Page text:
- Very nice interior and exterior
- Generous equipment list
- Great driver assistance and safety
- The boot is tiny
- Some rivals are more comfy
- Will it be taken credibly?
Your first impression is probably like ours: any car called the Funky Cat cannot be taken seriously.
But let’s not be hasty – as everything about this car suggests it could be the exception.
Great Wall Motors might be a company you've never heard of. Still, it's been in business for nearly 40 years. And although it mainly makes SUVs under several brand names, it’s produced several feline-themed all-electric cars under its ORA marque.
The Funky Cat is the only one heading to Great Britain – and, believe it or not, it looks fantastic.
For now, there's one trim, called 'First Edition', but this will be a limited supply before it’s replaced, likely with three new grades called Pro, Pro+ and GT.
The edition on sale now comes with 18-inch alloys, a 10.25-inch infotainment screen with Apple CarPlay, Android Auto and SatNav, and a 10.25-inch digital instrument cluster. It also gets LED headlights, a wireless charger, leatherette seats, keyless entry and start, plus electric front seats.
ORA is taking orders on its website and setting up shop within several UK dealerships.
The front, with its slightly oval headlights, looks like it’s taken inspiration from a Porsche, creating two humps which are synonymous with the German brand.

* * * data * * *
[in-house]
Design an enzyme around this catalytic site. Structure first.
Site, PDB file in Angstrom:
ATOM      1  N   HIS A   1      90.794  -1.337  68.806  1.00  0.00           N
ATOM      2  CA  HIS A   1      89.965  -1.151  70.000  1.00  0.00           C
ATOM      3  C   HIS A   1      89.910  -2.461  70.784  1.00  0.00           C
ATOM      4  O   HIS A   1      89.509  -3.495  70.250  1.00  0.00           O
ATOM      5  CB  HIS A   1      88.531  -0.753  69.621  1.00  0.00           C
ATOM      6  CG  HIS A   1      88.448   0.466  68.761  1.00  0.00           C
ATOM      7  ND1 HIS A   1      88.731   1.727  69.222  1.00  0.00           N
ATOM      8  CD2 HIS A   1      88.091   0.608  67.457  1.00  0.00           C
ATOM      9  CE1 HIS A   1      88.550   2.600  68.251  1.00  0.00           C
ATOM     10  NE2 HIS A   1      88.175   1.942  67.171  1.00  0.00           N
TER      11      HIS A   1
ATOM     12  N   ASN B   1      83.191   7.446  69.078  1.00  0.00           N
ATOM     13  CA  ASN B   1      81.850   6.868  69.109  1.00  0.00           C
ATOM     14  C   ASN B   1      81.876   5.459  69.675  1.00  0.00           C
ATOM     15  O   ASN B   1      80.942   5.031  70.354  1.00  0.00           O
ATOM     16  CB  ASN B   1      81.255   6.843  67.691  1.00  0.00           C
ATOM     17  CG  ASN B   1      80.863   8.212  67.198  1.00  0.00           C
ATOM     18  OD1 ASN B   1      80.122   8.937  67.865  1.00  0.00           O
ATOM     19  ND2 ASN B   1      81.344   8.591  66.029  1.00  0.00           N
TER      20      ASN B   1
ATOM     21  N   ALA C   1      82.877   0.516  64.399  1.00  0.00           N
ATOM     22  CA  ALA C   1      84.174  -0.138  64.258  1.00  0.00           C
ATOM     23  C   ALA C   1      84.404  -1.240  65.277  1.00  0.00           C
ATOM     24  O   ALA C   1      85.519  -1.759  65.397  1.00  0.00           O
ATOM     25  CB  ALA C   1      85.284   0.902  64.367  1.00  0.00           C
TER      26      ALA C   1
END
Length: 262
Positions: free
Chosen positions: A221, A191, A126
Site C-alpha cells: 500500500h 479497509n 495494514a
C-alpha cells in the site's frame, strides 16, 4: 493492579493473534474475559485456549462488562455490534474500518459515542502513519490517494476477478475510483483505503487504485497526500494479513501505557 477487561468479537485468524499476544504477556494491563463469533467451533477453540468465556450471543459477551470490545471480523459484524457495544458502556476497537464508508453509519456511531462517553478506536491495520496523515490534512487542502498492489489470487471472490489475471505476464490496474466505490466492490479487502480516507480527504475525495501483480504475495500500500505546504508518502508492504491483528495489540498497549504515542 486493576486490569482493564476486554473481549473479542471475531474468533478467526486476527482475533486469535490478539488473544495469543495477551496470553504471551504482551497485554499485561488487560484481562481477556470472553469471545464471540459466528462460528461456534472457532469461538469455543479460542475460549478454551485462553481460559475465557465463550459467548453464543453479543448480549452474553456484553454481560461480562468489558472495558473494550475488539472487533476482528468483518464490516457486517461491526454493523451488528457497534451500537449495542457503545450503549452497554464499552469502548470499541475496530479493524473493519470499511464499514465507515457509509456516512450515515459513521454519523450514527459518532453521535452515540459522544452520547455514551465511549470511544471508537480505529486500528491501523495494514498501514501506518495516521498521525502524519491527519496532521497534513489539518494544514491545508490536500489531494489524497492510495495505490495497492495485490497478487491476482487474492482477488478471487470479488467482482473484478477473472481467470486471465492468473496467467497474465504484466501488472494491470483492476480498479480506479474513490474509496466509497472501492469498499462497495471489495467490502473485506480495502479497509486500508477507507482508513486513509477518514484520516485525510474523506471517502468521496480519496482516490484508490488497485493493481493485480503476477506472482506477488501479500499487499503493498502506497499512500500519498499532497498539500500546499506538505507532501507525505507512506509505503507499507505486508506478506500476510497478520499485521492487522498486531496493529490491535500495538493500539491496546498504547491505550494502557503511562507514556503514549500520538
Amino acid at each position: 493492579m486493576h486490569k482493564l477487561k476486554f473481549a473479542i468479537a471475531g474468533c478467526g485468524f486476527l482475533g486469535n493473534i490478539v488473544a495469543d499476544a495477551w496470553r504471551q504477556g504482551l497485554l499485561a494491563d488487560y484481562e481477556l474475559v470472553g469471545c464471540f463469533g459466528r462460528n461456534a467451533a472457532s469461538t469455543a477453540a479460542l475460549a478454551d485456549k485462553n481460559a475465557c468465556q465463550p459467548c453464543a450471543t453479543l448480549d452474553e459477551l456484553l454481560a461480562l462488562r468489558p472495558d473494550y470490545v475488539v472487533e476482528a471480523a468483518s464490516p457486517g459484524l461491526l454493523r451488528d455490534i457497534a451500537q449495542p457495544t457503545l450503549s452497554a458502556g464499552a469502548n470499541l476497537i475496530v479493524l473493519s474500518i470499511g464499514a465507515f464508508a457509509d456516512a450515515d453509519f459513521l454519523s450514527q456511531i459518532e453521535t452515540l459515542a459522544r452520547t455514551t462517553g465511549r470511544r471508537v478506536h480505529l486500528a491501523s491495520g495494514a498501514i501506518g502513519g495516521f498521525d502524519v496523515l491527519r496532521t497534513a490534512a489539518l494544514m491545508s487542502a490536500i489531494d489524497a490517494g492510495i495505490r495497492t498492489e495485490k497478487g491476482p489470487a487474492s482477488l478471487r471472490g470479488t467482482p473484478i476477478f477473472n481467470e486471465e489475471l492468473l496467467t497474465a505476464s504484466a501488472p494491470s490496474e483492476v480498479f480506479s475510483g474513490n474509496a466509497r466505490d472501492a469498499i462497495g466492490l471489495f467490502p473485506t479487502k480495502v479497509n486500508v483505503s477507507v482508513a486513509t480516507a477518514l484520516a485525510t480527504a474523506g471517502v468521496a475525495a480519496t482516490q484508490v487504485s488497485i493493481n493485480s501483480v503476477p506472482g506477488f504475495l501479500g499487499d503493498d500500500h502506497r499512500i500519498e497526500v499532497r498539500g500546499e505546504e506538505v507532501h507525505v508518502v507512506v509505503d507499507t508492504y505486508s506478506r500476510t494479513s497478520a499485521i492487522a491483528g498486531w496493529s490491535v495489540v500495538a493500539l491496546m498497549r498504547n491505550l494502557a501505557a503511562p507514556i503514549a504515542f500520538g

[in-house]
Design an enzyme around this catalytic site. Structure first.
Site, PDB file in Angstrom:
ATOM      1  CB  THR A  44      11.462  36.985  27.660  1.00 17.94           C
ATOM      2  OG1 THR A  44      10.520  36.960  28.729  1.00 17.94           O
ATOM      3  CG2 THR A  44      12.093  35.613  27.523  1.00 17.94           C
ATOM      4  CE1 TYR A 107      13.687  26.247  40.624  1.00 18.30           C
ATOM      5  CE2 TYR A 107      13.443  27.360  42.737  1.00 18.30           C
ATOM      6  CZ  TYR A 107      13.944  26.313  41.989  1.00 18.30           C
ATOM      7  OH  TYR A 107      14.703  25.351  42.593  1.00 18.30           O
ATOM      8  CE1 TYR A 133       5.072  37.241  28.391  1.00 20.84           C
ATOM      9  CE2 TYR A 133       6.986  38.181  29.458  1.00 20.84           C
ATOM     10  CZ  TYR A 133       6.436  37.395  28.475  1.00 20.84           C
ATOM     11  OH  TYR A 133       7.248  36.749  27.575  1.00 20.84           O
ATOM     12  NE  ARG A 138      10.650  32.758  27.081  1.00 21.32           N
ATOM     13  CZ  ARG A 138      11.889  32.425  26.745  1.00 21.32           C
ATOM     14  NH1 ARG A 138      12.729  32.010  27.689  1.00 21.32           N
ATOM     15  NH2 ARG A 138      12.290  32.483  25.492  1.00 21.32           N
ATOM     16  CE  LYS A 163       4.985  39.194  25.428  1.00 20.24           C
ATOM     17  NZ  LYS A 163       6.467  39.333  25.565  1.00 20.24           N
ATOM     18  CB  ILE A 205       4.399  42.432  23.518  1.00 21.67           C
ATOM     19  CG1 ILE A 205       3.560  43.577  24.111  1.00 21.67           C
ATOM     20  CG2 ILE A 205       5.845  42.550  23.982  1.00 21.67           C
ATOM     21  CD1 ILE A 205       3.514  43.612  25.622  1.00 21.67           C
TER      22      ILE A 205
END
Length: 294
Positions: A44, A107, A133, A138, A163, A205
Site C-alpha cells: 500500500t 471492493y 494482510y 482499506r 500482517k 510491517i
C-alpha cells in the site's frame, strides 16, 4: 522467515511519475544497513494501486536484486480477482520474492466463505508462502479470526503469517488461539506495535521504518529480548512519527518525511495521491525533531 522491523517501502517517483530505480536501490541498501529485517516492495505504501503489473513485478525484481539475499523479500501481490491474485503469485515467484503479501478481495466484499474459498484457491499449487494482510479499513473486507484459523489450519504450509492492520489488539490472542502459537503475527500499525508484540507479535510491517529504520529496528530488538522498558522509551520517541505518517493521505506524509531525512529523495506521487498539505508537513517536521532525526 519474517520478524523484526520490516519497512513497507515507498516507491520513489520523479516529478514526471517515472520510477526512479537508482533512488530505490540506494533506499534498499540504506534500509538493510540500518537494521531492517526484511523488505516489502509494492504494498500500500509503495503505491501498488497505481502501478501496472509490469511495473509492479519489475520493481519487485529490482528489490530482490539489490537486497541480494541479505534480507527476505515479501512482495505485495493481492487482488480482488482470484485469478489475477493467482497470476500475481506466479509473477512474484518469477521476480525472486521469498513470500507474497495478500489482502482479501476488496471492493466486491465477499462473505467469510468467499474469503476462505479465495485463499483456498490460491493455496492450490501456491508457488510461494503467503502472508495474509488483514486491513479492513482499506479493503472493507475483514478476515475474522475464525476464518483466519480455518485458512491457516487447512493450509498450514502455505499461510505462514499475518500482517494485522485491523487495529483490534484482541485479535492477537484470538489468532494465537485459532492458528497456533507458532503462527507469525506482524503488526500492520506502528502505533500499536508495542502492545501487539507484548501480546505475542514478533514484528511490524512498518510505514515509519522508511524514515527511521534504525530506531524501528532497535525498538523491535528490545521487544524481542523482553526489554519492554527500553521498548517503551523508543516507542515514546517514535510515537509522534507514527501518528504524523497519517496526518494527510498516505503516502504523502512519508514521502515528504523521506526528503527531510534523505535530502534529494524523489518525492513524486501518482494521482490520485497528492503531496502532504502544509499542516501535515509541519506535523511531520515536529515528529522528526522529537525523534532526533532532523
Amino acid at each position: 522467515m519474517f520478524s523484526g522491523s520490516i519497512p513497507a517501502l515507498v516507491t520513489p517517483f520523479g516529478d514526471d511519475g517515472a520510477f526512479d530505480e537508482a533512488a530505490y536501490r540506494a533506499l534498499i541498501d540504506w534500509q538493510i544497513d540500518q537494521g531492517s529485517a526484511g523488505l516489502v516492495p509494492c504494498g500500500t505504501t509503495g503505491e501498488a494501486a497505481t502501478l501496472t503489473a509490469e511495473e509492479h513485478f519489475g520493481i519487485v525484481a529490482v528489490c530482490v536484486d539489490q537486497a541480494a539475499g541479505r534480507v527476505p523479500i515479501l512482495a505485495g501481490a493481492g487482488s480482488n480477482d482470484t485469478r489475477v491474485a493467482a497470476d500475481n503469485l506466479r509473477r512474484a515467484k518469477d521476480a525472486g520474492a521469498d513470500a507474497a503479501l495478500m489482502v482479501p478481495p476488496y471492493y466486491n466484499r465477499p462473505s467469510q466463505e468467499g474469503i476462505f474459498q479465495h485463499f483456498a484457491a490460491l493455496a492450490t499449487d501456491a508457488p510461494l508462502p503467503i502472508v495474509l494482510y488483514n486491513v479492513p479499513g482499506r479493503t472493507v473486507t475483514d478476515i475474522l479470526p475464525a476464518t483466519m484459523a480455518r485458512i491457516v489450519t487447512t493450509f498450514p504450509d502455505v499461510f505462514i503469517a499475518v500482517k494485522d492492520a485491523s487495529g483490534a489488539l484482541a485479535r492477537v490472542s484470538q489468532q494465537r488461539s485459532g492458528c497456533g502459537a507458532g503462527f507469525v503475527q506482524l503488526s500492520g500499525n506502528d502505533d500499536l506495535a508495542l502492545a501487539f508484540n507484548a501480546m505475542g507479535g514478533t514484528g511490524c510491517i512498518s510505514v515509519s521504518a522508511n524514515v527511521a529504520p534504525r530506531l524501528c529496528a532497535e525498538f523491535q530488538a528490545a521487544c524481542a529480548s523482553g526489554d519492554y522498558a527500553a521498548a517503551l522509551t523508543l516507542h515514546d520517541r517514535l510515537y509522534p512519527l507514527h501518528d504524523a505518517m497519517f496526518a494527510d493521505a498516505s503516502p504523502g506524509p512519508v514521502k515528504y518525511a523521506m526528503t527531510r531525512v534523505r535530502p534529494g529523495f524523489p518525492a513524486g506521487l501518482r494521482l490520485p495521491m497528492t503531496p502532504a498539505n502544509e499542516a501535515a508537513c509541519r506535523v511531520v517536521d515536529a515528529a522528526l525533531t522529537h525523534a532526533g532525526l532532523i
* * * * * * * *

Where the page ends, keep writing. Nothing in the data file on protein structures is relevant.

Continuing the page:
There is a small grille running along the bottom, with silver-surround air intakes. And, at the sides, it's profiled in a similar way to a Mini.
A unique feature at the rear sees the brake lights, indicators and a horizontal light bar buried into the black periphery of the back window.
The Funky Cat also has a relatively large bottom, which gives the rear end a diagonal shape when viewed from the sides.
It is trendy with family-friendly inviting looks and bags of personality. And it's a similar story inside, where you'll find a fashionable, well-designed cabin.
Our test car features a dual-coloured interior, with the top half of the dashboard, steering wheel and seats covered in dark blue and the rest in creamy white.
The infotainment touchscreen is accommodated next to the same-sized digital instrument cluster in a single unit, which looks like one vast tablet bolted onto the dashboard.
The system surprised us with its responsiveness and the clarity of the display, with a vivid use of colours providing a welcome break from the toned-down designs offered by some opponents.
It is simple to use, and most of the text is large enough to see without taking your eyes off the road for too long, although some buttons on the screen could be a bit larger.
Even the switches look well-designed, while silver trim is scattered about the interior, including on the attractive centre console, which features a silver rotary dial.
There are also physical switches for the climate control, which adds to the convenience.
On The Road
Handling & Performance
The electric motor in the Funky Cat drives the front wheels with 171PS, enough for a 0-62mph time of 8.3-seconds and a limited top speed of 99mph.
Powering off the line generates a dash of wheel spin, especially in damp conditions. However, if you're careful, it feels like there’s plenty of clout on tap, even though it lacks the ferocity of a performance motor.